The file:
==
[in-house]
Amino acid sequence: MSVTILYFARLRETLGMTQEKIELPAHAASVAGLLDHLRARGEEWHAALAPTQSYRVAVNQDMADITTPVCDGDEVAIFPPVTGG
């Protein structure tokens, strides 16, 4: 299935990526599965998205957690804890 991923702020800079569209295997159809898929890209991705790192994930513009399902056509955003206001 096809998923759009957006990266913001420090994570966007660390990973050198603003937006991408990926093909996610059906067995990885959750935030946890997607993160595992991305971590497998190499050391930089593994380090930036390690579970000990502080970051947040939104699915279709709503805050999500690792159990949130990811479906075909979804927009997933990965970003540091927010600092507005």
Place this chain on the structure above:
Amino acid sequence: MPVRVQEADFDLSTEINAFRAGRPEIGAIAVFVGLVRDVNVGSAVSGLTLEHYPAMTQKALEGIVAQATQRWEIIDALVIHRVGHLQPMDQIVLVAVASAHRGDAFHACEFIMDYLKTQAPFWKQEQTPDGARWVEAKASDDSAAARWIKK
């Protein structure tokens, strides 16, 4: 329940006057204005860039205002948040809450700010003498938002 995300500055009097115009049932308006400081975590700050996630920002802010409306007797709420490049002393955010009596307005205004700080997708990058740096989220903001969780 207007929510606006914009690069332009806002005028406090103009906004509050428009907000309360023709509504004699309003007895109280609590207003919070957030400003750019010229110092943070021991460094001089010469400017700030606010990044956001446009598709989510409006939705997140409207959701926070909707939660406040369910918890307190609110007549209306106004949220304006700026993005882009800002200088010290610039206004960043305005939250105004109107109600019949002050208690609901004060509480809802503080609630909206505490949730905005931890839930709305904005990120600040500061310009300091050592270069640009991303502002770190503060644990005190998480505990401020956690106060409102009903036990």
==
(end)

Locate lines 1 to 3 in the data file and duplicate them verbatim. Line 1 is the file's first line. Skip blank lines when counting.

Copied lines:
[in-house]
Amino acid sequence: MSVTILYFARLRETLGMTQEKIELPAHAASVAGLLDHLRARGEEWHAALAPTQSYRVAVNQDMADITTPVCDGDEVAIFPPVTGG
């Protein structure tokens, strides 16, 4: 299935990526599965998205957690804890 991923702020800079569209295997159809898929890209991705790192994930513009399902056509955003206001 096809998923759009957006990266913001420090994570966007660390990973050198603003937006991408990926093909996610059906067995990885959750935030946890997607993160595992991305971590497998190499050391930089593994380090930036390690579970000990502080970051947040939104699915279709709503805050999500690792159990949130990811479906075909979804927009997933990965970003540091927010600092507005």